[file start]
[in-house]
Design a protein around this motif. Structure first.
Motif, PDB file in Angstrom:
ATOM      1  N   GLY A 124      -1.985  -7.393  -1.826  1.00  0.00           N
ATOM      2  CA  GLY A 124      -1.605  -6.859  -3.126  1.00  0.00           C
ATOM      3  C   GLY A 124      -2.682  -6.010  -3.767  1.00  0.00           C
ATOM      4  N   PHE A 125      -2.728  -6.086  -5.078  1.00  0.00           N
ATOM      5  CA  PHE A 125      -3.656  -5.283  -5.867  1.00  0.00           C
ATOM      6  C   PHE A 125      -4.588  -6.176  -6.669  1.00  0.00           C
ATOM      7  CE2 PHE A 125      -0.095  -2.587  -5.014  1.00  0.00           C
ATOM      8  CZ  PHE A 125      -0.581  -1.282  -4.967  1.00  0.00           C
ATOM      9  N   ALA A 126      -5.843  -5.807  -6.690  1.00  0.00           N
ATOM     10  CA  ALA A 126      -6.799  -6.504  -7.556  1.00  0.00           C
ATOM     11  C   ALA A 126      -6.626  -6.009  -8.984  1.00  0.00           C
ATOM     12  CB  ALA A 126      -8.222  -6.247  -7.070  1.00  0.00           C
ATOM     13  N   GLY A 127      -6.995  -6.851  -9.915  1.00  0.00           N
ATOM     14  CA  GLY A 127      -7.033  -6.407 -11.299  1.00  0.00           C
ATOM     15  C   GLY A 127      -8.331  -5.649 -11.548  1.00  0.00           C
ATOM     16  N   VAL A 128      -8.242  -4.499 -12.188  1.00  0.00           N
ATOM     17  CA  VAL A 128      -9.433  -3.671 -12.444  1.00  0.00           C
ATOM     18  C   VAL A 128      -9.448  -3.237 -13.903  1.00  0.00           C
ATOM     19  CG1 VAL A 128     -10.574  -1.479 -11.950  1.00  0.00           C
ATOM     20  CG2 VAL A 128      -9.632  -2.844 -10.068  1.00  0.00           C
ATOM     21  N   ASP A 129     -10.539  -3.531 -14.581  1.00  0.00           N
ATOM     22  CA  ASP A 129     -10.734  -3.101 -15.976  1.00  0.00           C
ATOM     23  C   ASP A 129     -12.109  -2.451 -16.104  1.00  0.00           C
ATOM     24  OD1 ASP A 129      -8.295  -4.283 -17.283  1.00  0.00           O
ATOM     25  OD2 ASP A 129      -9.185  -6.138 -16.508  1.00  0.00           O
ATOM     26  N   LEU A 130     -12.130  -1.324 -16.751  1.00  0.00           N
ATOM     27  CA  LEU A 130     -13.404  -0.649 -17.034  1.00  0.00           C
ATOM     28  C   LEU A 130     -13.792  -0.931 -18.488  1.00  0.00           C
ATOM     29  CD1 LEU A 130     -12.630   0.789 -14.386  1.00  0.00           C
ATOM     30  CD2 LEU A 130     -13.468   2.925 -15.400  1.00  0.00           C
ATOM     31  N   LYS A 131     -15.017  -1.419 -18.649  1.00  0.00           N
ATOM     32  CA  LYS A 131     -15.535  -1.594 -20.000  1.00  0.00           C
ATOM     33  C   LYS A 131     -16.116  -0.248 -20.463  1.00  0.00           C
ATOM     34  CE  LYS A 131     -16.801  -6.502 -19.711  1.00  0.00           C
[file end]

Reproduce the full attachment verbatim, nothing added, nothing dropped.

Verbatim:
[in-house]
Design a protein around this motif. Structure first.
Motif, PDB file in Angstrom:
ATOM      1  N   GLY A 124      -1.985  -7.393  -1.826  1.00  0.00           N
ATOM      2  CA  GLY A 124      -1.605  -6.859  -3.126  1.00  0.00           C
ATOM      3  C   GLY A 124      -2.682  -6.010  -3.767  1.00  0.00           C
ATOM      4  N   PHE A 125      -2.728  -6.086  -5.078  1.00  0.00           N
ATOM      5  CA  PHE A 125      -3.656  -5.283  -5.867  1.00  0.00           C
ATOM      6  C   PHE A 125      -4.588  -6.176  -6.669  1.00  0.00           C
ATOM      7  CE2 PHE A 125      -0.095  -2.587  -5.014  1.00  0.00           C
ATOM      8  CZ  PHE A 125      -0.581  -1.282  -4.967  1.00  0.00           C
ATOM      9  N   ALA A 126      -5.843  -5.807  -6.690  1.00  0.00           N
ATOM     10  CA  ALA A 126      -6.799  -6.504  -7.556  1.00  0.00           C
ATOM     11  C   ALA A 126      -6.626  -6.009  -8.984  1.00  0.00           C
ATOM     12  CB  ALA A 126      -8.222  -6.247  -7.070  1.00  0.00           C
ATOM     13  N   GLY A 127      -6.995  -6.851  -9.915  1.00  0.00           N
ATOM     14  CA  GLY A 127      -7.033  -6.407 -11.299  1.00  0.00           C
ATOM     15  C   GLY A 127      -8.331  -5.649 -11.548  1.00  0.00           C
ATOM     16  N   VAL A 128      -8.242  -4.499 -12.188  1.00  0.00           N
ATOM     17  CA  VAL A 128      -9.433  -3.671 -12.444  1.00  0.00           C
ATOM     18  C   VAL A 128      -9.448  -3.237 -13.903  1.00  0.00           C
ATOM     19  CG1 VAL A 128     -10.574  -1.479 -11.950  1.00  0.00           C
ATOM     20  CG2 VAL A 128      -9.632  -2.844 -10.068  1.00  0.00           C
ATOM     21  N   ASP A 129     -10.539  -3.531 -14.581  1.00  0.00           N
ATOM     22  CA  ASP A 129     -10.734  -3.101 -15.976  1.00  0.00           C
ATOM     23  C   ASP A 129     -12.109  -2.451 -16.104  1.00  0.00           C
ATOM     24  OD1 ASP A 129      -8.295  -4.283 -17.283  1.00  0.00           O
ATOM     25  OD2 ASP A 129      -9.185  -6.138 -16.508  1.00  0.00           O
ATOM     26  N   LEU A 130     -12.130  -1.324 -16.751  1.00  0.00           N
ATOM     27  CA  LEU A 130     -13.404  -0.649 -17.034  1.00  0.00           C
ATOM     28  C   LEU A 130     -13.792  -0.931 -18.488  1.00  0.00           C
ATOM     29  CD1 LEU A 130     -12.630   0.789 -14.386  1.00  0.00           C
ATOM     30  CD2 LEU A 130     -13.468   2.925 -15.400  1.00  0.00           C
ATOM     31  N   LYS A 131     -15.017  -1.419 -18.649  1.00  0.00           N
ATOM     32  CA  LYS A 131     -15.535  -1.594 -20.000  1.00  0.00           C
ATOM     33  C   LYS A 131     -16.116  -0.248 -20.463  1.00  0.00           C
ATOM     34  CE  LYS A 131     -16.801  -6.502 -19.711  1.00  0.00           C